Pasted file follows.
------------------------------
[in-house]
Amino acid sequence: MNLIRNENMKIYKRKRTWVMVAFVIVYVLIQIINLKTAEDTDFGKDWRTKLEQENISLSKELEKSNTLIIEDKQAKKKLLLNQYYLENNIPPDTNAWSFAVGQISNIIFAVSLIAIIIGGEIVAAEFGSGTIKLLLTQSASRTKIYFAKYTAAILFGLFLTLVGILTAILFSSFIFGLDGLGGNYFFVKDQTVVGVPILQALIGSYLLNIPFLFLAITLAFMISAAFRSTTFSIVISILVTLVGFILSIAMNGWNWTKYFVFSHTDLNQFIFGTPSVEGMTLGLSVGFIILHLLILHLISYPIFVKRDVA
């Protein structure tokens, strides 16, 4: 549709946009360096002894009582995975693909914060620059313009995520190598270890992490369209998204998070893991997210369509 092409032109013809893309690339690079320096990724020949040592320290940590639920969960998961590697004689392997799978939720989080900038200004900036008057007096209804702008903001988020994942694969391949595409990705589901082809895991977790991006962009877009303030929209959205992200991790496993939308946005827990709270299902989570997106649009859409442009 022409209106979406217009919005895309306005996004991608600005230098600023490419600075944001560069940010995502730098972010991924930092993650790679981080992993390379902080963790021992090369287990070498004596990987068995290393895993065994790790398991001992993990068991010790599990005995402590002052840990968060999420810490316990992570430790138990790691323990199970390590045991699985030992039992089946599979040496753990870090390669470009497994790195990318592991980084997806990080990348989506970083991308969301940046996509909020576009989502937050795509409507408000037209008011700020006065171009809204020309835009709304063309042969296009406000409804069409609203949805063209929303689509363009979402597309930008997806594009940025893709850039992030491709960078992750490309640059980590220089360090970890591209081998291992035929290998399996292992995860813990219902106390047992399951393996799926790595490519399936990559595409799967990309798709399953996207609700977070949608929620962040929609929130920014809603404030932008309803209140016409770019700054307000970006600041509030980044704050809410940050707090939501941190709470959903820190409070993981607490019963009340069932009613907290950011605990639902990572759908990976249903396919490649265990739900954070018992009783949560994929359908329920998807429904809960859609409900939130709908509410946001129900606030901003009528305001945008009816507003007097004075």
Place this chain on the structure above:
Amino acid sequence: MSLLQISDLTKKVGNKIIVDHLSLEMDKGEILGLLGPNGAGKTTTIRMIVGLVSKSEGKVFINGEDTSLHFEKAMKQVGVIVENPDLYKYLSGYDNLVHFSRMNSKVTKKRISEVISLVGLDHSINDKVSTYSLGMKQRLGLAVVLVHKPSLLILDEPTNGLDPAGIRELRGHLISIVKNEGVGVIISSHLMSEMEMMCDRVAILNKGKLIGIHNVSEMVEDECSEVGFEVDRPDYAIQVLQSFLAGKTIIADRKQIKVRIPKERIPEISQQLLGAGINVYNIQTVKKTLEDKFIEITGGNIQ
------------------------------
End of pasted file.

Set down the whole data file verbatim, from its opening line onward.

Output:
[in-house]
Amino acid sequence: MNLIRNENMKIYKRKRTWVMVAFVIVYVLIQIINLKTAEDTDFGKDWRTKLEQENISLSKELEKSNTLIIEDKQAKKKLLLNQYYLENNIPPDTNAWSFAVGQISNIIFAVSLIAIIIGGEIVAAEFGSGTIKLLLTQSASRTKIYFAKYTAAILFGLFLTLVGILTAILFSSFIFGLDGLGGNYFFVKDQTVVGVPILQALIGSYLLNIPFLFLAITLAFMISAAFRSTTFSIVISILVTLVGFILSIAMNGWNWTKYFVFSHTDLNQFIFGTPSVEGMTLGLSVGFIILHLLILHLISYPIFVKRDVA
């Protein structure tokens, strides 16, 4: 549709946009360096002894009582995975693909914060620059313009995520190598270890992490369209998204998070893991997210369509 092409032109013809893309690339690079320096990724020949040592320290940590639920969960998961590697004689392997799978939720989080900038200004900036008057007096209804702008903001988020994942694969391949595409990705589901082809895991977790991006962009877009303030929209959205992200991790496993939308946005827990709270299902989570997106649009859409442009 022409209106979406217009919005895309306005996004991608600005230098600023490419600075944001560069940010995502730098972010991924930092993650790679981080992993390379902080963790021992090369287990070498004596990987068995290393895993065994790790398991001992993990068991010790599990005995402590002052840990968060999420810490316990992570430790138990790691323990199970390590045991699985030992039992089946599979040496753990870090390669470009497994790195990318592991980084997806990080990348989506970083991308969301940046996509909020576009989502937050795509409507408000037209008011700020006065171009809204020309835009709304063309042969296009406000409804069409609203949805063209929303689509363009979402597309930008997806594009940025893709850039992030491709960078992750490309640059980590220089360090970890591209081998291992035929290998399996292992995860813990219902106390047992399951393996799926790595490519399936990559595409799967990309798709399953996207609700977070949608929620962040929609929130920014809603404030932008309803209140016409770019700054307000970006600041509030980044704050809410940050707090939501941190709470959903820190409070993981607490019963009340069932009613907290950011605990639902990572759908990976249903396919490649265990739900954070018992009783949560994929359908329920998807429904809960859609409900939130709908509410946001129900606030901003009528305001945008009816507003007097004075």
Place this chain on the structure above:
Amino acid sequence: MSLLQISDLTKKVGNKIIVDHLSLEMDKGEILGLLGPNGAGKTTTIRMIVGLVSKSEGKVFINGEDTSLHFEKAMKQVGVIVENPDLYKYLSGYDNLVHFSRMNSKVTKKRISEVISLVGLDHSINDKVSTYSLGMKQRLGLAVVLVHKPSLLILDEPTNGLDPAGIRELRGHLISIVKNEGVGVIISSHLMSEMEMMCDRVAILNKGKLIGIHNVSEMVEDECSEVGFEVDRPDYAIQVLQSFLAGKTIIADRKQIKVRIPKERIPEISQQLLGAGINVYNIQTVKKTLEDKFIEITGGNIQ